photo by Robert Tobey
Gilbert had a gift for writing with directness and clarity. He generally refused to swaddle experience in metaphor, preferring to trust lucid image and statement; and he was no genius of poetic music: he stood about as far from Lowell and Plath, for example, as one could get.
Dudley Fitts, who in 1962 chose Gilbert’s first book, Views of Jeopardy, for the Yale Younger Poets Award, observed in his foreword that Gilbert’s poetry “beats with an energy derived from passion contemplated and ordered by a discriminating and always alert intelligence, a mind with a restless distaste for intermission. The poems make few elegant appeals to the ear; they move with a severer lyricism than the poetry of decoration and easy excitements will bear.” A good example of which is Gilbert’s early poem, “The Abnormal Is Not Courage”:
Tanks on horses. Rode knowing, in sunlight, with sabers,
A magnitude of beauty that allows me no peace.
And yet this poem would lessen that day. Question
The bravery. Say it’s not courage. Call it a passion.
Would say courage isn’t that. Not at its best.
It was impossible, and with form. They rode in sunlight,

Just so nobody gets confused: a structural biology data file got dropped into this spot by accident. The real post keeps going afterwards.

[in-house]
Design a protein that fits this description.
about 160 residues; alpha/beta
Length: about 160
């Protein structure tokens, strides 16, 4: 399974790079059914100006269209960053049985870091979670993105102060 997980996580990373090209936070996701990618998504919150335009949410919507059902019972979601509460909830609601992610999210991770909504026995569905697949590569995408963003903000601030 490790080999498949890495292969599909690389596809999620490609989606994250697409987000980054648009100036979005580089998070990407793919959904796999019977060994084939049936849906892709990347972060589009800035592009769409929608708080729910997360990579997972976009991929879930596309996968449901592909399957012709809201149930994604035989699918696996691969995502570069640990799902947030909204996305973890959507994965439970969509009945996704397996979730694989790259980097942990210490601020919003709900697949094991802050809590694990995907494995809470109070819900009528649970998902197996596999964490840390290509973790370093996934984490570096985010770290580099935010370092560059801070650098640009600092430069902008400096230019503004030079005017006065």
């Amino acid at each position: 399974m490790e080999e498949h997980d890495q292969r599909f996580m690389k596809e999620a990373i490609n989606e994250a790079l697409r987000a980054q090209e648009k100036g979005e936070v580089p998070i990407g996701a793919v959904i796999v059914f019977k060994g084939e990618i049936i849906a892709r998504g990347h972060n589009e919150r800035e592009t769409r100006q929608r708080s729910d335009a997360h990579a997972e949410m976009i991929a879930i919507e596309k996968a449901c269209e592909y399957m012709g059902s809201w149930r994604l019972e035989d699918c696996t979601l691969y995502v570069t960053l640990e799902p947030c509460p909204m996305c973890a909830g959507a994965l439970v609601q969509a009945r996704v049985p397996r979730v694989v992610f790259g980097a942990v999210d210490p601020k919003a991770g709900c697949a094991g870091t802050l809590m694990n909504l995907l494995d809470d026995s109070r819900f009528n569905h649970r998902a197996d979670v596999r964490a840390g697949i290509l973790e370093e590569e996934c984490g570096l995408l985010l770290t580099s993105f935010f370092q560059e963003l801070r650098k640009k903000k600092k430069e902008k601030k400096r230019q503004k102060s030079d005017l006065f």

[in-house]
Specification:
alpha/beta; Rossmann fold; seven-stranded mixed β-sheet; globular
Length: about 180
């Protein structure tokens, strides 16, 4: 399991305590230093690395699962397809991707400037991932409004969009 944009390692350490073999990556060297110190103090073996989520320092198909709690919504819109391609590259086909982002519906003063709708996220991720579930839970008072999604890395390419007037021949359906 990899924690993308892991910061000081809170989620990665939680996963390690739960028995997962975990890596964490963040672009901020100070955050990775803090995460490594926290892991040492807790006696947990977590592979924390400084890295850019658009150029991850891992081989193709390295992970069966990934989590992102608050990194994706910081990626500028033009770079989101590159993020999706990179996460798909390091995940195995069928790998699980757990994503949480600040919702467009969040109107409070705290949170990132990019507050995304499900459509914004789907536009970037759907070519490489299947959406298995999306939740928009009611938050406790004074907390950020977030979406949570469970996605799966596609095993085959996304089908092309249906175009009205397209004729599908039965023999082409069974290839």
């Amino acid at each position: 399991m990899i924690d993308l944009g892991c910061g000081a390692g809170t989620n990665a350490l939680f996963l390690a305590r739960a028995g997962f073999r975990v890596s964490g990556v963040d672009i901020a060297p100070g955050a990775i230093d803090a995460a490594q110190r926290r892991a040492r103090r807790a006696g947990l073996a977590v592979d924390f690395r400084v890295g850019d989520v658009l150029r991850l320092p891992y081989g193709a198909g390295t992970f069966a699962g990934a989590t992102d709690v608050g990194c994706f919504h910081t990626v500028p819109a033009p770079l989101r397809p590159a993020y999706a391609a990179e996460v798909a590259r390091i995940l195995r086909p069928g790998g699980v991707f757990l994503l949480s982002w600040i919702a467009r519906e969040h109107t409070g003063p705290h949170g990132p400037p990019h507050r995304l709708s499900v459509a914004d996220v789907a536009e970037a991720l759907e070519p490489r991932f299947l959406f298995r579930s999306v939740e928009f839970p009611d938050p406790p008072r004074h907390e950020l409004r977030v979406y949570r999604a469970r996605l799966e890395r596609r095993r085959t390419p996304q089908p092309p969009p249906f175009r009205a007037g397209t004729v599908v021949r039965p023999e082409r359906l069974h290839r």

Were mangled. But I say courage is not the abnormal.
Not the marvelous act. Not Macbeth with fine speeches.
The worthless can manage in public, or for the moment.
It is too near the whore’s heart: the bounty of impulse,
And the failure to sustain even small kindness.
Not the marvelous act, but the evident conclusion of being.
Not strangeness, but a leap forward of the same quality.
Accomplishment. The even loyalty. But fresh.
Not the Prodigal Son, nor Faustus. But Penelope.
The thing steady and clear. Then the crescendo.
The real form. The culmination. And the exceeding.
Not the surprise. The amazed understanding. The marriage,
Not the month’s rapture. Not the exception. The beauty
That is of many days. Steady and clear.
It is the normal excellence, of long accomplishment.
And then there is the magnificent, epigrammatic “In Dispraise of Poetry”:
When the King of Siam disliked a courtier,
He gave him a beautiful white elephant.
The miracle beast deserved such ritual
That to care for him properly meant ruin.
Yet to care for him improperly was worse.
It appears the gift could not be refused.
Whatever may be said about Jack Gilbert and his work, it can never be said that he cared improperly for his gift.
11/14/12: Adding this video, thanks to the link in Ed Baker’s first comment here. A quietly powerful portrait….